Spam Is Just A Byproduct Of Our Media-Saturated World?
from the spam-apologists dept
There have been more and more spam apologists coming out of the woodwork lately. They all seem to miss the point. The latest is an opinion piece from a lawyer bringing up the usual argument that if people just deleted spam, it wouldn’t be such a problem. He suggests that everywhere we go, we’re inundated with advertisements and we learn to tune it out, so why can’t we just tune out spam as well? Leaving aside the very real technology costs associated with spam, the issue is the fact that this spam is coming directly into our in-boxes, where it is intrusive. Other forms of advertising, for the most part, are not so intrusive. Furthermore, other forms of advertising come in manageable sizes. When 95% of your email is spam, there’s suddenly a very real problem in digging out the legitimate mail and not accidentally losing legitimate emails. Also, most spam is blatantly misleading. With ads in newspapers, I know what I’m looking at, and I know what to expect. There are rules (not always followed) that prevent newspaper ads from looking like editorial content. That’s not the case with spam. There is a very real difference between spam and the “media saturation” he discusses in the article. The fact that a (supposedly) tech savvy lawyer can’t understand the difference between intrusive advertising that encroaches the personal space of a mechanism used to communicate, and passive advertising used in a one-way medium is unfortunate. People use their phone and their email to communicate. They’re two way mechanisms that are increasingly essential. One way, broadcast “push” mechanisms are different. They are passive media, where the person is there to “consume”. Two-way, communications media are much more involved and personal and the user has a reasonable expectation of control over the communication at hand. Spam (and telemarketing, and junk faxes) violate that space.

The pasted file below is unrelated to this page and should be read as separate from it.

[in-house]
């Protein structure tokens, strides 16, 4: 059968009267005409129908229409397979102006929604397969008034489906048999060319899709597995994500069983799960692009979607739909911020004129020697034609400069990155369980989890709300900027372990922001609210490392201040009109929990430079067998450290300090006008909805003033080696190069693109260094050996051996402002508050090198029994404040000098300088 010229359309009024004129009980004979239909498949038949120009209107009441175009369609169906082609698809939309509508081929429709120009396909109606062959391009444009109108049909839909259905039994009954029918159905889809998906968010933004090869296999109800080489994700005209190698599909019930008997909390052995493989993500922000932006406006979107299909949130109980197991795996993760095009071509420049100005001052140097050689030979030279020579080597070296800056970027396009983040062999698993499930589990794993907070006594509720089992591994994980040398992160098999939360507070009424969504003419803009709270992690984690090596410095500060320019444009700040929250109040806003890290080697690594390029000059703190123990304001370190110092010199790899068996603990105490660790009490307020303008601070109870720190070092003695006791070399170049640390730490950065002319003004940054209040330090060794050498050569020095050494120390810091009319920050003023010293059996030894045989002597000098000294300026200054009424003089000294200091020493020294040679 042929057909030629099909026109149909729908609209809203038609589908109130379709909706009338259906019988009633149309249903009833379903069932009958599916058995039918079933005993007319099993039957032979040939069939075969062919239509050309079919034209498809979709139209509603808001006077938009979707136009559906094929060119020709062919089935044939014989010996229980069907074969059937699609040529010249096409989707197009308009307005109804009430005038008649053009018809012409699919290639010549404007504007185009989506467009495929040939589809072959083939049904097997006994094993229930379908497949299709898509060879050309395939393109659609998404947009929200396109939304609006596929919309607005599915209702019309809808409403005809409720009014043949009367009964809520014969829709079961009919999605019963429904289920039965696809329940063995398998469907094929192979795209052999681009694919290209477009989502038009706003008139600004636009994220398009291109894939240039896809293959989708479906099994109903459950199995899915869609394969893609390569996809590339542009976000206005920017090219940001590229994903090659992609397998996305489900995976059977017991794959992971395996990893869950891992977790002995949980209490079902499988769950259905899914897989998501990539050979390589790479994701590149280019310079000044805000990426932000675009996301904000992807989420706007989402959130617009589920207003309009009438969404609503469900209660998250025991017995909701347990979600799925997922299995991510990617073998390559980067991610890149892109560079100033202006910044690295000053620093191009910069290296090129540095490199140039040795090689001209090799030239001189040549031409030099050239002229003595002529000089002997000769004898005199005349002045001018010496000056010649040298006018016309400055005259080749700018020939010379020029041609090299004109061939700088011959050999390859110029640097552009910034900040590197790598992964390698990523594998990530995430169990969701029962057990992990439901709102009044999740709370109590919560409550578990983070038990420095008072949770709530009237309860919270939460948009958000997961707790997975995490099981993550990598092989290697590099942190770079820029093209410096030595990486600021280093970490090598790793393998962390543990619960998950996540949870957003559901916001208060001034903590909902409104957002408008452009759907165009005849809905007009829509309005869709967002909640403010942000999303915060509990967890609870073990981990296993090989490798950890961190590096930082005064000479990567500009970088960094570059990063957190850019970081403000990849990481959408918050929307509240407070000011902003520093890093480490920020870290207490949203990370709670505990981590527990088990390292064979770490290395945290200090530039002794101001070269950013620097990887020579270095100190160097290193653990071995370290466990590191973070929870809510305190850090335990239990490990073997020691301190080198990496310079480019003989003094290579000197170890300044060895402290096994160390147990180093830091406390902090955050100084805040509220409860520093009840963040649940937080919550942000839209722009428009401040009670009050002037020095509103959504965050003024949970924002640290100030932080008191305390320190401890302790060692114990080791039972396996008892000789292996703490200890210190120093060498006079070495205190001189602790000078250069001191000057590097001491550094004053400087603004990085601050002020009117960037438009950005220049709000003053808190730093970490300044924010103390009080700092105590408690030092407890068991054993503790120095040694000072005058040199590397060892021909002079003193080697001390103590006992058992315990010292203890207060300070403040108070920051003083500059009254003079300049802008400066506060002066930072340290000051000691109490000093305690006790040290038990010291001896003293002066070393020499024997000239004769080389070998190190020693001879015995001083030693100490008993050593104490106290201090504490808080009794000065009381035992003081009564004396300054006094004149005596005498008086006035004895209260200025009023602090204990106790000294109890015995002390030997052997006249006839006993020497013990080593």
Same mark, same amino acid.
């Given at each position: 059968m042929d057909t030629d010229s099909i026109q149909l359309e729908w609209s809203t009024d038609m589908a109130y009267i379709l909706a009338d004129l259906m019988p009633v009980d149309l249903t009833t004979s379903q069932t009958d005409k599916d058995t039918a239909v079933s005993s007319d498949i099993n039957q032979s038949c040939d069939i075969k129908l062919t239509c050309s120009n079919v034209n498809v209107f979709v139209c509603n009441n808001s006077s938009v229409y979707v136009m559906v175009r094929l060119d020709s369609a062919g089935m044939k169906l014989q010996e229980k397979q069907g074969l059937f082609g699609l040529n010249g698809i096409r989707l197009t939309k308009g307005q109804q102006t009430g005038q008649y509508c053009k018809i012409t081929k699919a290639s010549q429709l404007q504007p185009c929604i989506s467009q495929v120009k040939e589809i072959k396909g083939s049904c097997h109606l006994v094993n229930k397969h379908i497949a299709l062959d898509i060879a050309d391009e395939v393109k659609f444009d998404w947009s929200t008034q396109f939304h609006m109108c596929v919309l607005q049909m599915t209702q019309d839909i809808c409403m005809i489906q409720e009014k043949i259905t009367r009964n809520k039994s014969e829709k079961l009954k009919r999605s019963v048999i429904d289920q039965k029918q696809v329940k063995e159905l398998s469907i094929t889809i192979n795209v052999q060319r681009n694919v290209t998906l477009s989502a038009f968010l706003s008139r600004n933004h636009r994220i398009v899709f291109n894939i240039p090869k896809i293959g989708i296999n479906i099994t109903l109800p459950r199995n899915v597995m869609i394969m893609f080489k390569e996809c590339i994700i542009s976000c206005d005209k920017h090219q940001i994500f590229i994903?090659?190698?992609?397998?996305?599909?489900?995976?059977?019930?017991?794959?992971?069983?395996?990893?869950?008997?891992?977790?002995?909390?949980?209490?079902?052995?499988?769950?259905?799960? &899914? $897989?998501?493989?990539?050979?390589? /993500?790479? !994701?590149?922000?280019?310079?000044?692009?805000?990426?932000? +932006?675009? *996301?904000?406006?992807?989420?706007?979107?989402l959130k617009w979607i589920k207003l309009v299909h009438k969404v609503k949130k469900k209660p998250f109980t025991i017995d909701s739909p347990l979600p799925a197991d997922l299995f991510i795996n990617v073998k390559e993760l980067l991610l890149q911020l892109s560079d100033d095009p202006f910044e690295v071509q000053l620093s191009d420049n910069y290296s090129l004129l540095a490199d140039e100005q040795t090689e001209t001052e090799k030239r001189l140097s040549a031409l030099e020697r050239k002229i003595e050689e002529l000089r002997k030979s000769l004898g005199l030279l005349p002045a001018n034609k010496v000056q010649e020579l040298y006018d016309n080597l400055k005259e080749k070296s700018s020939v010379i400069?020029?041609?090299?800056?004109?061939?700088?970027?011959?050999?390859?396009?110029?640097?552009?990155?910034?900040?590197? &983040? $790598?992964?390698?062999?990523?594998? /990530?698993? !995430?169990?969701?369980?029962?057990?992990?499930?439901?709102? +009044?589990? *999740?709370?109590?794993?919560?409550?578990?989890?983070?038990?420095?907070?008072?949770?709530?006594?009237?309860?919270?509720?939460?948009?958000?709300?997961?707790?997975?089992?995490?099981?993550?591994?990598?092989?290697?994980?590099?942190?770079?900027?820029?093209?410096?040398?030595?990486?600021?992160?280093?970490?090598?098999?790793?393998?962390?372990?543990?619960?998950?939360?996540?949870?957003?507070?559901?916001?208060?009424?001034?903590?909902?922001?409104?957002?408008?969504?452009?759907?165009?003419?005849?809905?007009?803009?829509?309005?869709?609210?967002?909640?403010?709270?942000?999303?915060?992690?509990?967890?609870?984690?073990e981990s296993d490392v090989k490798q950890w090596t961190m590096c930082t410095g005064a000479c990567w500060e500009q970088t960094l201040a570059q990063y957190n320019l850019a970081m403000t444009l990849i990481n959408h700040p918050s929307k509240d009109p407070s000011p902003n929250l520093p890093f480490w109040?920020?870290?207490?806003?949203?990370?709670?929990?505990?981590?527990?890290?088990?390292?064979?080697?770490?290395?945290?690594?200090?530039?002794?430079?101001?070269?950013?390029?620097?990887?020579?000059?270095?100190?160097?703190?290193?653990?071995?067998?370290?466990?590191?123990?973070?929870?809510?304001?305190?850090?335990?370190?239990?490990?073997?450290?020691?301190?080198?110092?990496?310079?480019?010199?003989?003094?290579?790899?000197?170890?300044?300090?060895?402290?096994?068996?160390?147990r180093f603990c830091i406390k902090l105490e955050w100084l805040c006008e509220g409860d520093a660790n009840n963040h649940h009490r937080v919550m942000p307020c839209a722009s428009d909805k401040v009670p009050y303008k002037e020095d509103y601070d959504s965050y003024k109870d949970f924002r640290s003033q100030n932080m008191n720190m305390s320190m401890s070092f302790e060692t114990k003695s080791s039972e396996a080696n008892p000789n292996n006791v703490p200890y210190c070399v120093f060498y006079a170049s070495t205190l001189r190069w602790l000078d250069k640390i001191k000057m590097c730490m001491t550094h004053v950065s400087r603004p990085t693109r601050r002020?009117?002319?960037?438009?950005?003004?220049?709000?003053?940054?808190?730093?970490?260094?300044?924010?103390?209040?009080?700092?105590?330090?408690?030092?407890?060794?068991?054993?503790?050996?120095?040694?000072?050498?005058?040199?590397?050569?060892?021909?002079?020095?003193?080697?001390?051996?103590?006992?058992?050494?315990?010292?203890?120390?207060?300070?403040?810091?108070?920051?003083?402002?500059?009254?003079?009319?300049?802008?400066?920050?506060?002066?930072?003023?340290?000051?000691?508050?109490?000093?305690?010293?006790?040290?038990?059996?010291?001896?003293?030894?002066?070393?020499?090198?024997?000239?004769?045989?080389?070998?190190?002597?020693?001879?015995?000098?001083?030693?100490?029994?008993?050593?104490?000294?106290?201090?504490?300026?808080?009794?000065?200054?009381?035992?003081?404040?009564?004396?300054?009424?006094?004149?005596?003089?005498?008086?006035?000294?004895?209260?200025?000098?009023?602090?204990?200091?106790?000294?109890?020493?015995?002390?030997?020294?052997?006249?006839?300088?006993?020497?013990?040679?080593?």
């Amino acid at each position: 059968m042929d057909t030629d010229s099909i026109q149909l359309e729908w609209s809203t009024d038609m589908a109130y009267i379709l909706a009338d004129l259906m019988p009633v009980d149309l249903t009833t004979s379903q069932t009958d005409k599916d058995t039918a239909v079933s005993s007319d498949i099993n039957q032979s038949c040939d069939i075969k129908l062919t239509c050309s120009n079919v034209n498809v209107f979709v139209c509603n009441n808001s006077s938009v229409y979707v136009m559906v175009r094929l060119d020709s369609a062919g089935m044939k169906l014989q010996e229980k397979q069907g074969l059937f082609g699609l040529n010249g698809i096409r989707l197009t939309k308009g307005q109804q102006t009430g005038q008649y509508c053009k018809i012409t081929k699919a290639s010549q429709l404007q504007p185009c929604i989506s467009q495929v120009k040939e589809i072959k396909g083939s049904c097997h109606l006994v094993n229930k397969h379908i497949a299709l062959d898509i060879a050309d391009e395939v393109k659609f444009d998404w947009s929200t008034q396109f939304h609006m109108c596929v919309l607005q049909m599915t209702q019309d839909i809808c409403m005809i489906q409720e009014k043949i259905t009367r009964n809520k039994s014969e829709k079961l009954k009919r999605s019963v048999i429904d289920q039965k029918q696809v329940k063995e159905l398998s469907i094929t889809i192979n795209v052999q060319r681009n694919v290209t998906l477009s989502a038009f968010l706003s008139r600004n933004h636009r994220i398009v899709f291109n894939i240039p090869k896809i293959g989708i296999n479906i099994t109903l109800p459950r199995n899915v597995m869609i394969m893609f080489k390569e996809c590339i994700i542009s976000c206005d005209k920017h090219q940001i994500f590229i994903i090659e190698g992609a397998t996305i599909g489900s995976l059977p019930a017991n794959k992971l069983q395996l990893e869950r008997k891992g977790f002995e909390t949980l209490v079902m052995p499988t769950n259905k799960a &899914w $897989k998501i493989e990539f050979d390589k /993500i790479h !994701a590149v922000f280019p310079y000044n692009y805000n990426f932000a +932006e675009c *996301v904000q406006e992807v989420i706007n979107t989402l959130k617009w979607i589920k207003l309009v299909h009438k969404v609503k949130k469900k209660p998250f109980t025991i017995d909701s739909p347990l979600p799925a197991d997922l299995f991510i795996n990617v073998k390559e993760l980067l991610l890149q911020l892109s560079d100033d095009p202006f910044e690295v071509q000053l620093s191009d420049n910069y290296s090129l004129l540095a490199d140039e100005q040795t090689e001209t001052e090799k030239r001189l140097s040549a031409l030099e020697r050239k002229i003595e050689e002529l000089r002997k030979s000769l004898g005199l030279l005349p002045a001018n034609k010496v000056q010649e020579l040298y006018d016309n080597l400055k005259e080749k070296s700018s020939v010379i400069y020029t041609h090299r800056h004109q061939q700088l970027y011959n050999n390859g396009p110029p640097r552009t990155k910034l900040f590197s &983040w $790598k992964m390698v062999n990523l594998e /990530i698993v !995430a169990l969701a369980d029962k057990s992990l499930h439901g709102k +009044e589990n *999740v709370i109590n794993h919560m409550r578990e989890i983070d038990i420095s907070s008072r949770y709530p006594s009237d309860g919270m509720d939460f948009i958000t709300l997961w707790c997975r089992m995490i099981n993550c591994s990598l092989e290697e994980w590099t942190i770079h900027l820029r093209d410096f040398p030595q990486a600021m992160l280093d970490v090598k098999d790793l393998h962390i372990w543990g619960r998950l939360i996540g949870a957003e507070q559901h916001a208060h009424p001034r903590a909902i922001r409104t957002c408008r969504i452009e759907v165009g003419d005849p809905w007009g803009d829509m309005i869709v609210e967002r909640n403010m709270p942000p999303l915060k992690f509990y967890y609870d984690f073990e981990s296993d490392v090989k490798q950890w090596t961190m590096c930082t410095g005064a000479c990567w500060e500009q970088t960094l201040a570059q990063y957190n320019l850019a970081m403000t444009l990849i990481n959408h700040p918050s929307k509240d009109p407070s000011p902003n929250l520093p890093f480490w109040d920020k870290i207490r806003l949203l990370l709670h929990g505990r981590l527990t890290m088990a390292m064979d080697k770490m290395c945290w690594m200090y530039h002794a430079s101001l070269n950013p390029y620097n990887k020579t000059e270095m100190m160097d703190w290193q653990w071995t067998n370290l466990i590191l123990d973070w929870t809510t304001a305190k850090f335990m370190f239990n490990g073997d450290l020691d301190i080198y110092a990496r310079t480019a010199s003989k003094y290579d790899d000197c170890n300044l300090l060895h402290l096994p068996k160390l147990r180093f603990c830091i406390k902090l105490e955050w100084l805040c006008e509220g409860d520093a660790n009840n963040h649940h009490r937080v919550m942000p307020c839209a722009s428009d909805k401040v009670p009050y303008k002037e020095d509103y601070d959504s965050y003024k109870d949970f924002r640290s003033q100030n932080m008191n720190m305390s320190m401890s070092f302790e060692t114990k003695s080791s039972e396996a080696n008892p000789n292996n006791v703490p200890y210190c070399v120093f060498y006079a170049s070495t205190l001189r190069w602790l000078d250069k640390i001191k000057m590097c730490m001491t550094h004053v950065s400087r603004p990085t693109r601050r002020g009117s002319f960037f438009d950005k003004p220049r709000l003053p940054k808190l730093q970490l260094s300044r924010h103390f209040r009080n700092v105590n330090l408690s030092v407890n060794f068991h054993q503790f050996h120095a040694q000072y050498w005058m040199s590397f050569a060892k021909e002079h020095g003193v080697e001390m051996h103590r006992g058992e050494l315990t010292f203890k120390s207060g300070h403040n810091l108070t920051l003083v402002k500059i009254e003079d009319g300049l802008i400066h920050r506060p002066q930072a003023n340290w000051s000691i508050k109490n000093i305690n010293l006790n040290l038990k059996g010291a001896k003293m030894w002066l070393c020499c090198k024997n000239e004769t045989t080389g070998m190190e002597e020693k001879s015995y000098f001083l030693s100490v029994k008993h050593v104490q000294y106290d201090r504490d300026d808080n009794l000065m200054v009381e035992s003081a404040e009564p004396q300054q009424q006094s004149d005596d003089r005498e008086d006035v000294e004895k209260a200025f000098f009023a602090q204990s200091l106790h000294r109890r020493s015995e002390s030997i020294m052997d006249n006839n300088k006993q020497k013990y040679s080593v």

Comments on “Spam Is Just A Byproduct Of Our Media-Saturated World?”
The Difference Between Spam and Advertising
Advertising on TV or radio or in magazines supports the medium, (in theory) lowering the cost to the consumer. No one will ever be able to convince me that receiving spam is defraying the costs of my email, unless the spam comes exclusively from my ISP (in which case I’d switch to another ISP).
Re: The Difference Between Spam and Advertising
EXCELLENT argument. That’s hit the nail right on the head, and it’s a point I’d like to see spamvertisers refute.
Of course, them spamming does make the cost of internet in Nigeria cheaper, becuase of all the competitors coming in to offer cheap internet access via cafe …
My wife got super-pissed off at me a few weeks ago when she saw a message in my inbox with pictures from another woman. When I clicked on the pictures and they went to a porn site, she apologized for being psychotic.